The natural pH of a healthy skin barrier is slightly acidic. Cleansers that are too alkaline–that have a high pH–disrupt the skin barrier, allowing the natural (and vital) protective lipids to be stripped away, leading to excessive moisture loss and dehydrated skin. High-pH cleansers also help foster a friendly environment for the bacteria that lead to breakouts.
Avoiding alkaline cleansers has worked well for many of us. My household’s daily foaming cleanser (yes, for all three of us, large and small), Hada Labo Gokujyun Hyaluronic Acid Cleansing Foam, has a pH of 5.5.
So what is an Asian skincare enthusiast to think when a company well known for its gentle, effective, thoughtfully formulated products with appropriate pH levels, puts out cleansers whose pH levels far overshoot the “eh, it’s a little high but it’ll do” mark and reside squarely in “holy crap, you expect me to wash my face with that?!” territory?
I know COSRX. I love COSRX. I consider the brand to be one of the most reliable on the market, with chemical exfoliants that beat the Paula’s Choice equivalents by a mile and a wide range of other solid offerings. COSRX is all about no-frills skincare that’s suitable for even sensitive and acne-prone skin.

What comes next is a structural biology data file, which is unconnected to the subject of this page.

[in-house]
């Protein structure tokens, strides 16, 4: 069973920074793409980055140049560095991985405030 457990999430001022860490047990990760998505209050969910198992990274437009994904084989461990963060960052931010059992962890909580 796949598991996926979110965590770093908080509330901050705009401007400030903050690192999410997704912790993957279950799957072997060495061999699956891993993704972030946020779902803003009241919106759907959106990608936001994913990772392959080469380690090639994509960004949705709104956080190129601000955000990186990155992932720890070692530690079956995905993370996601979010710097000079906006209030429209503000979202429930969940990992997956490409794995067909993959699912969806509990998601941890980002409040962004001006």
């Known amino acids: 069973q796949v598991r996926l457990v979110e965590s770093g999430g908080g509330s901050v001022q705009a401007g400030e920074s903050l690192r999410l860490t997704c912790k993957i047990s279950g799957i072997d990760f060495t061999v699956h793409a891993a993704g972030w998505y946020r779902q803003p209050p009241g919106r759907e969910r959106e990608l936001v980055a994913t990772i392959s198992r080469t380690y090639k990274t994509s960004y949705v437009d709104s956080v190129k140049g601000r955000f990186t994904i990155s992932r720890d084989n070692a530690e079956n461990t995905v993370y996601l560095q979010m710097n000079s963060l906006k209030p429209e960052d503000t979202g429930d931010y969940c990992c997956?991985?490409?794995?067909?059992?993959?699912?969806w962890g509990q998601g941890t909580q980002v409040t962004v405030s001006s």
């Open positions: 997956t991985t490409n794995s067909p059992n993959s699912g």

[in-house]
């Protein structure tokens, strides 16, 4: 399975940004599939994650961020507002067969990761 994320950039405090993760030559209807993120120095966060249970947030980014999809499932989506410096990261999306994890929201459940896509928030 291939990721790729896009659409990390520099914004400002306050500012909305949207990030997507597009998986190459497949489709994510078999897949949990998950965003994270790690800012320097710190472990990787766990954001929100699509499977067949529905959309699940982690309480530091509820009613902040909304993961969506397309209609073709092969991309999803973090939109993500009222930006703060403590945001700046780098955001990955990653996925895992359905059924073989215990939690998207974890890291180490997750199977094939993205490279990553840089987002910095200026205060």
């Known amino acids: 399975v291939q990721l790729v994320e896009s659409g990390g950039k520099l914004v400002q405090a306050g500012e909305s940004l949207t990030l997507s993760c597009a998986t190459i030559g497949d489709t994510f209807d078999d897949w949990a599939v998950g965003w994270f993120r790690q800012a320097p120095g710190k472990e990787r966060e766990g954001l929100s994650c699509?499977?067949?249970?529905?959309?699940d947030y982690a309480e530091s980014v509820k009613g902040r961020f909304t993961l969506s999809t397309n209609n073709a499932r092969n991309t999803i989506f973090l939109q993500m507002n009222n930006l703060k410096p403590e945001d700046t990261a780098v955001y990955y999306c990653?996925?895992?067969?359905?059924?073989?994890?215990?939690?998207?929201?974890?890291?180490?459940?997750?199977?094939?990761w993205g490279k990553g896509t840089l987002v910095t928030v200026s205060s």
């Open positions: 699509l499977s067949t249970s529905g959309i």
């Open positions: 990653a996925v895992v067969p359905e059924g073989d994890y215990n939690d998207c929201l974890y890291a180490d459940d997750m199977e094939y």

Uh, COSRX also makes two foaming cleansers. Awesome, right? They’re totally going to be pH 5.5 winners, right?
Per Wishtrend, the COSRX Salicylic Acid Exfoliating Cleanser has a pH of 9.54. And the Hyaluronic Acid Hydra Foam Cleanser, the one that you’d expect to be more gentle and less alkaline, has a pH of 9.61.
It didn’t make any sense to me, so I wondered if there was something I was missing about the cleanser pH question. I got back in touch with Lee Hye-Young, the COSRX representative I interviewed here a while back, to get an answer.
Hye-Young is a truly awesome and helpful person, so after a few days, she got back to me with a lengthy and detailed response from a COSRX researcher.
I’ll be posting the full text of the COSRX response on this blog sometime next week, after I’ve digested it, read up on some of the concepts discussed, and formulated a more educated opinion. But for now, here’s one key takeaway that should reassure anyone disappointed with the alkalinity of COSRX cleansers:
COSRX is working on a low-pH facial cleanser!
Here’s a quote from Hye-Young’s response, which also shows what close attention the company pays to its customers’ feedback:
“On this year April, one of our global customer suggested the need of mild acidic cleanser. We began investigation, research, and development of such cleanser, and it is almost ready to meet COSRX customers.”
“Nowadays various ingredients are discovered and known to have ability to cover the disadvantage of mild acidic cleanser. COSRX is currently testing those ingredients to make the most efficient acidic mild cleanser. It will soon to be on the market after doing clinical trials with COSRX workers. (No animal testing!)”
For those of us who choose to stick to low-pH facial cleansers for our daily skincare routines, this is great news. I can’t wait for the new product to launch.
(In the meantime, I’ve got a couple other alkaline facial cleansers I’m testing. My face hasn’t fallen off yet, so that’s good, I guess. I may try out the existing COSRX facial cleansers at some point, too.)
Are you excited for a low-pH COSRX cleanser?